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Discourse in the Middle East
Published on Monday, February 26, 2007 by the Seattle Times (Washington)
Give Department of Peace a Chance
by US Rep. Jim McDermott
 
In a world torn by conflict, I can't think of a better time, or a greater need, for America to act as a force for good at home and around the world.

A bill recently was reintroduced in Congress that will go a long way toward bringing peace both at home and abroad. The measure would create a Cabinet-level Department of Peace.

The proposed department will give voice to the latest research and expertise on peaceful efforts in many areas — from safe schools to international arms control.

The legislation, which I am co-sponsoring, would fund, support and coordinate programs already in existence — in schools, prisons, police departments, educational institutions, charitable organizations and elsewhere — that are proven to reduce domestic and international violence and enhance the security and health of all Americans.

I believe a Department of Peace represents the ideals on which this country was founded. Our legislation, HR 808, embodies the dreams and aspirations of Americans to live in a nation that uses its great strength to support the cooperative efforts of people throughout the world to create peace.

In my years as a congressman and as a physician in the U.S. military, I have recognized repeatedly that the interests of the one cannot triumph over the interests of the many; that the security concerns of the United States are best served by diplomacy and cooperation rather than brute force.

A Department of Peace won't be just another top-heavy bureaucratic organization. Much like the Environmental Protection Agency, it will provide a uniting framework for existing organizations scattered throughout the U.S. currently working to bring peace to our communities and the world.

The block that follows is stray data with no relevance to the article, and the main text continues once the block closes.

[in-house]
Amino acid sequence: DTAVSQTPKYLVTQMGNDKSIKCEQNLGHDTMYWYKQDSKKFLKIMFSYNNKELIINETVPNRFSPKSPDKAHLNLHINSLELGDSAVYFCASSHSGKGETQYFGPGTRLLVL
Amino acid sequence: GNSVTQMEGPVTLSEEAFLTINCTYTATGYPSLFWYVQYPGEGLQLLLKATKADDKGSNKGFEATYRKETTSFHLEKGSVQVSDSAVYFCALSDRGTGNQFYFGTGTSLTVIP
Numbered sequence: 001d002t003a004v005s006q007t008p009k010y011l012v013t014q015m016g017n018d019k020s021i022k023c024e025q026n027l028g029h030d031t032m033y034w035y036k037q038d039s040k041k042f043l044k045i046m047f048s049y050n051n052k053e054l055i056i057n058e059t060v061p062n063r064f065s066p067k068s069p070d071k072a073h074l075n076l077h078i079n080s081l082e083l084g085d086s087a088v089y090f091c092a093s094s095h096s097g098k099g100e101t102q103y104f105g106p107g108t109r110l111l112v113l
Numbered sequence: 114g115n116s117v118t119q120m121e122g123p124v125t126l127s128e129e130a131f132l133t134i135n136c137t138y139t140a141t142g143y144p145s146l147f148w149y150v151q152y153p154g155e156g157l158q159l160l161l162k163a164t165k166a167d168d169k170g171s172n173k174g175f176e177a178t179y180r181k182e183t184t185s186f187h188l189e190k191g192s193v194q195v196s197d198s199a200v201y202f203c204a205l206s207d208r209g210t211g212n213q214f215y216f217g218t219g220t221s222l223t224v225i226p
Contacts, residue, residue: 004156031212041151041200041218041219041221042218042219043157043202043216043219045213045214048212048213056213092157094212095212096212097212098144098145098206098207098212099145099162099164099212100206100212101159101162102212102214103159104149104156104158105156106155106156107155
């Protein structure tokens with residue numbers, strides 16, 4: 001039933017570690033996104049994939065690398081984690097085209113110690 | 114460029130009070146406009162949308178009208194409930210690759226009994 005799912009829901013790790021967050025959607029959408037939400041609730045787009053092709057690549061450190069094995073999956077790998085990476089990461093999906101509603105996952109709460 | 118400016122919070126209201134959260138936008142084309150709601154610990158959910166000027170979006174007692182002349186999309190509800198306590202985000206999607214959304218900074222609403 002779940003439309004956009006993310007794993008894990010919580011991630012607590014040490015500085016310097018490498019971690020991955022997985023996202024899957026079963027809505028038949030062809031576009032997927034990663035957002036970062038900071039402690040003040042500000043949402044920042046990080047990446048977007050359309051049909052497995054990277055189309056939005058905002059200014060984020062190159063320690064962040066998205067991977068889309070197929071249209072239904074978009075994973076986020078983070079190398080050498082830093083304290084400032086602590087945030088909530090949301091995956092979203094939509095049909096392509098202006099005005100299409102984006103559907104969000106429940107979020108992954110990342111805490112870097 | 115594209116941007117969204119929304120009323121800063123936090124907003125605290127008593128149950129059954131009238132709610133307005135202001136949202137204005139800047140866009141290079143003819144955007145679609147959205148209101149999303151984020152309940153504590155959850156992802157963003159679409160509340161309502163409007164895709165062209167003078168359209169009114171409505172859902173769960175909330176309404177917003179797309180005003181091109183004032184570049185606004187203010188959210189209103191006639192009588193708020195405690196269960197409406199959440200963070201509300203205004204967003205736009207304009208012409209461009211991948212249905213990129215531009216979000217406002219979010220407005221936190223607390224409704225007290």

The department will research, propose and facilitate practical, field-tested solutions to reduce conflict, providing financial and institutional heft to our current ineffectual efforts to deal with all forms of domestic and international violence and discord. And it will help develop curricula to educate students in grades K-12 on how to resolve conflict peacefully.

Internationally, a Department of Peace will advise the president and Congress on the most innovative techniques to establish and promote peace among nations, and will research and analyze the root causes of war to help prevent conflicts from escalating to the point of violence.

It will create a Peace Academy, on par with the Military Service Academies, to train civilian peacekeepers and the military in the latest nonviolent conflict-resolution strategies and approaches. And it will provide a direct voice at the president's table to offer peaceful solutions to conflicts before they disintegrate into violence.

The president's recently proposed federal budget would allocate more than $439 billion to our military, an increase of more than 5 percent. A Department of Peace will cost a small fraction of that, or approximately $8 billion a year. That amount is less than we currently spend each month for the war in Iraq.

Clearly, a Department of Peace will be a bargain — and, it will be money well spent. It will save dollars — and, more importantly, it will save lives.

As the globe shrinks, as the peoples and countries of the world become more entwined in both commerce and security, our consciousness has expanded.

I've learned there's something about the human spirit, about the spirit of Americans everywhere, that strives for cooperation rather than domination. We all yearn for peace, and for the prosperity that peace brings. We all yearn for a better world for our children and our children's children. We want for them the best education possible; health care that encompasses and embraces everyone; a retirement secure from the plagues and worries that come with inadequate income and support; a healthy environment; and a world freed from the horrors of war.

By reducing the immense costs of violence both domestically and internationally, a U.S. Department of Peace will help secure these essentials. It will demonstrate to our citizens and to the world that the United States is committed to using its great strength in partnership with all peoples to work for, and champion, peace. And, it will provide a beacon of hope for everyone that the peace we yearn for is not an unachievable dream, but an obtainable reality.

As President Bush correctly noted, Americans are a peace-loving people. Now is the time to put these words into action.

U.S. Rep. Jim McDermott, D-Seattle, represents the 7th Congressional District of Washington state. For more information about the proposed U.S. Department of Peace, go to www.dopcampaign.org

Copyright © 2007 The Seattle Times Company

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